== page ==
The overdose crisis may be worse than statistics show.
With hundreds of naloxone kits in the hands of the public, local BC Ambulance unit chief Bruce Patterson says for every overdose called into 9-1-1 there are many more that aren’t reported.
He says for every 9-1-1 call that comes in, there are upwards of a dozen overdoses that don’t get reported, which is putting people’s lives at risk.
The drug overdose rate in Port Alberni is believed to be the highest per capita rate on the island, and it’s not showing signs of slowing down.
Paramedics responded to 40 overdose calls in the first 3 months of the year, which is almost double the amount in the first quarter of last year.
Patterson says they sometimes receive multiple overdose calls a day, which could be even worse today with government cheques being issued.
He says heroin laced with fentanyl is in the community, and many overdoses are requiring multiple shots of naloxone to reverse.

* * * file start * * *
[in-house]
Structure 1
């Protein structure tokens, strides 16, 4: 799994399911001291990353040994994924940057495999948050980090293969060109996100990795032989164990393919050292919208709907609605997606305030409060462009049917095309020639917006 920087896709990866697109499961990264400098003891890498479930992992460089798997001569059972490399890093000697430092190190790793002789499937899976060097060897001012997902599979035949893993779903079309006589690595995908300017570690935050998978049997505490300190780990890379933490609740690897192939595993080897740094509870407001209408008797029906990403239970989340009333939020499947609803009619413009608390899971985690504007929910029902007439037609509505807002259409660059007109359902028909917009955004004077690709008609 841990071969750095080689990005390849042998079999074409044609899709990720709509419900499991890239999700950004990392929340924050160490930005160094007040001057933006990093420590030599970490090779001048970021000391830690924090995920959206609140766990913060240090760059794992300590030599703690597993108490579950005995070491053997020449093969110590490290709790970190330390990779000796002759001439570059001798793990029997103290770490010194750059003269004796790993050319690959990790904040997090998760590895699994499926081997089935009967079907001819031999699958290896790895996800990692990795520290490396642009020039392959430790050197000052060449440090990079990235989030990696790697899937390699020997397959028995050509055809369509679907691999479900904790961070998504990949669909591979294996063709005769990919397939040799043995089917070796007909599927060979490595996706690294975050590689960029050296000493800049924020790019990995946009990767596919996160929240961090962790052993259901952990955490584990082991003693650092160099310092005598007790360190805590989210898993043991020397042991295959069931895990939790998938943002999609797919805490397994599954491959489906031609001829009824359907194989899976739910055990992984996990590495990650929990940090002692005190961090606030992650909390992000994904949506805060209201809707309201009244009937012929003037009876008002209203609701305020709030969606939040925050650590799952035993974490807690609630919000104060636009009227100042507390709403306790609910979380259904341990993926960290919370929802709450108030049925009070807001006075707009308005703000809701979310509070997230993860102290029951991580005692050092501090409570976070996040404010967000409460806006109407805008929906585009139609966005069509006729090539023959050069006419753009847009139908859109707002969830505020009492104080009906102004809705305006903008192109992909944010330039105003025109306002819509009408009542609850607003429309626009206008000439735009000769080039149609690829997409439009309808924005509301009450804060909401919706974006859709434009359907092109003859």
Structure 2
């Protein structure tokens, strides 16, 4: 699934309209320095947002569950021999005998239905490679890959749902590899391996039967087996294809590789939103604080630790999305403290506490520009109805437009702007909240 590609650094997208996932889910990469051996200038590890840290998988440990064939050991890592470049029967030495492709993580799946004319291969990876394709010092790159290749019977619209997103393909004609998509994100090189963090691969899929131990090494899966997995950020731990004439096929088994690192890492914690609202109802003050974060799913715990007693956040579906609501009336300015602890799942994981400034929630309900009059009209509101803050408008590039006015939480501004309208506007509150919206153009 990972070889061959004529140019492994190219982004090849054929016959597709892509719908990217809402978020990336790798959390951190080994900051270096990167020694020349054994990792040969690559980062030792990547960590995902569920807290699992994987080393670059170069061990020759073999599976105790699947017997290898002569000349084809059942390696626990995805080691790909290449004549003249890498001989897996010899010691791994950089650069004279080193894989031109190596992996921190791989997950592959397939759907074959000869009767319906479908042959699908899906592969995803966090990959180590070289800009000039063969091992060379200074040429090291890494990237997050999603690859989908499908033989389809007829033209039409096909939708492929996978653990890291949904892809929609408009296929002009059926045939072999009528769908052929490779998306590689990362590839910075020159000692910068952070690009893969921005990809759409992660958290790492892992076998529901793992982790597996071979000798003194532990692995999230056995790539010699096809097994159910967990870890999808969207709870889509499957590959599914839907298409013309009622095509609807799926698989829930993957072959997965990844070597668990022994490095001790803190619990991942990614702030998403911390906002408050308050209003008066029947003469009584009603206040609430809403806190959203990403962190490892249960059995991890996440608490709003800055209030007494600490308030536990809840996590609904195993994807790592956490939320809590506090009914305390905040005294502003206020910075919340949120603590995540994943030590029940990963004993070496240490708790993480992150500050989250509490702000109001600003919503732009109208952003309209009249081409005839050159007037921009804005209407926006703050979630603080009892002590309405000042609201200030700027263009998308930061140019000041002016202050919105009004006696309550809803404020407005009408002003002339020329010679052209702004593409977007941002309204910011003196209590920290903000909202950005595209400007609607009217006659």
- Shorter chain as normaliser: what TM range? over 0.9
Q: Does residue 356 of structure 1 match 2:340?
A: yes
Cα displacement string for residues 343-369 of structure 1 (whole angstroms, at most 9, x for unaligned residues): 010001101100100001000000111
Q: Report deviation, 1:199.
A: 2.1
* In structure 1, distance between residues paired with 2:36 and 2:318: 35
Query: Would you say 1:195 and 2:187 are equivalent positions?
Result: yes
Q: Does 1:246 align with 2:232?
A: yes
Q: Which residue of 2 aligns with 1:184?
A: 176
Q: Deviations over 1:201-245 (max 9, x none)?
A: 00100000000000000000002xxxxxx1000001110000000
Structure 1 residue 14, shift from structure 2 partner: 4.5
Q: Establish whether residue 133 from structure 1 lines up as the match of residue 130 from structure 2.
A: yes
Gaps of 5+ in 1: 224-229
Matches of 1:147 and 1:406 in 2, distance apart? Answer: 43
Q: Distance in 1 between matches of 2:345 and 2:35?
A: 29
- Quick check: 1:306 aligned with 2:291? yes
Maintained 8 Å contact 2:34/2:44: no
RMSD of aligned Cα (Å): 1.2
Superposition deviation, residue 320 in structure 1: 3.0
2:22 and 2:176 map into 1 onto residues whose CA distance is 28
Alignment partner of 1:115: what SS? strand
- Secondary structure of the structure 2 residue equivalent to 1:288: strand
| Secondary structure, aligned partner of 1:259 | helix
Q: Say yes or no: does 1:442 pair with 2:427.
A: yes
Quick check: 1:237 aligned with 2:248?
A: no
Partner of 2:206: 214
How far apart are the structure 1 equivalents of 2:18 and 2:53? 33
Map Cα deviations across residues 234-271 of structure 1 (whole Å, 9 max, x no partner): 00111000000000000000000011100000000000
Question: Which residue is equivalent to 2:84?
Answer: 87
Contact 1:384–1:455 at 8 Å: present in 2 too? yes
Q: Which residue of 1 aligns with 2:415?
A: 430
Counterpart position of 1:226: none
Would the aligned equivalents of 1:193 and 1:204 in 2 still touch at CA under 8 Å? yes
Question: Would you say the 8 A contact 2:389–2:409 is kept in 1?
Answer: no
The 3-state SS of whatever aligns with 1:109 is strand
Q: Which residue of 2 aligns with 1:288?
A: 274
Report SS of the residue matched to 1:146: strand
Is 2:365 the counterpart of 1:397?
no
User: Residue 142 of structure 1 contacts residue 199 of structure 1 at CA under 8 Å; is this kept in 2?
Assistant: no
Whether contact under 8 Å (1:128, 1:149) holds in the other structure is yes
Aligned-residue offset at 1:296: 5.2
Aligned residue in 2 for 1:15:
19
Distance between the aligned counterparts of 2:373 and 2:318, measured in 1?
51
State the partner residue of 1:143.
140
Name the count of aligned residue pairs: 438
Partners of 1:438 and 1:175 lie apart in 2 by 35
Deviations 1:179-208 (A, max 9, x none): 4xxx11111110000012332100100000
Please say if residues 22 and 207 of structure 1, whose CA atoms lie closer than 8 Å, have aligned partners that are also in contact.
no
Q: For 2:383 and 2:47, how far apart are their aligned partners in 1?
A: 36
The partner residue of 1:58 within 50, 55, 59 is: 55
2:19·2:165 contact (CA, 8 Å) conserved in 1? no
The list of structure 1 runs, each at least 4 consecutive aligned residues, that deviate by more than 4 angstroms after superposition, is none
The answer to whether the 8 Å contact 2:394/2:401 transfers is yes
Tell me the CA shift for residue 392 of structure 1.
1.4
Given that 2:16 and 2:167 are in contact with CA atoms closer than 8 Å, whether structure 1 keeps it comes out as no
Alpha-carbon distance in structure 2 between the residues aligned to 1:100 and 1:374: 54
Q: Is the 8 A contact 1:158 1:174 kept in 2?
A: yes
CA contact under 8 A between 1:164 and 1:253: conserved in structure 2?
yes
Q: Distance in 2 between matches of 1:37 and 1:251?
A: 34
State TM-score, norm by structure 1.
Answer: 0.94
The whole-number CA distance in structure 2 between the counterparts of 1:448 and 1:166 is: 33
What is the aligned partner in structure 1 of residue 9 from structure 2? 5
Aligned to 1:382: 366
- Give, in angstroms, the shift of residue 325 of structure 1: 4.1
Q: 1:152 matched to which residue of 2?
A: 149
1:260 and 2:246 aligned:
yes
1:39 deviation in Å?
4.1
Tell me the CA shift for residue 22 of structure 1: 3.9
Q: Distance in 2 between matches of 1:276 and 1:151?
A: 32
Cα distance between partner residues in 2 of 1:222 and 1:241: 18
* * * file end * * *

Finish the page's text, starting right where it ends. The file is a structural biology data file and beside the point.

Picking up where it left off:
Patterson says overdoses are happening within every segment of society, and says the overdose prevention site at 3rd and Bute is also an education center for non-users on signs of drug addiction and how to use naloxone to save a life.
Paramedics are urging people to call 9-1-1 as soon as someone shows signs of an overdose, and not wait for them to fall unconscious before calling, and people should use the drug within a group, since many overdose victims are found alone.
While the Coroner’s Office won’t confirm overdose deaths within a city or town if it’s under 5, sources within the health field say 3 people have died from overdoses in Port Alberni so far this year.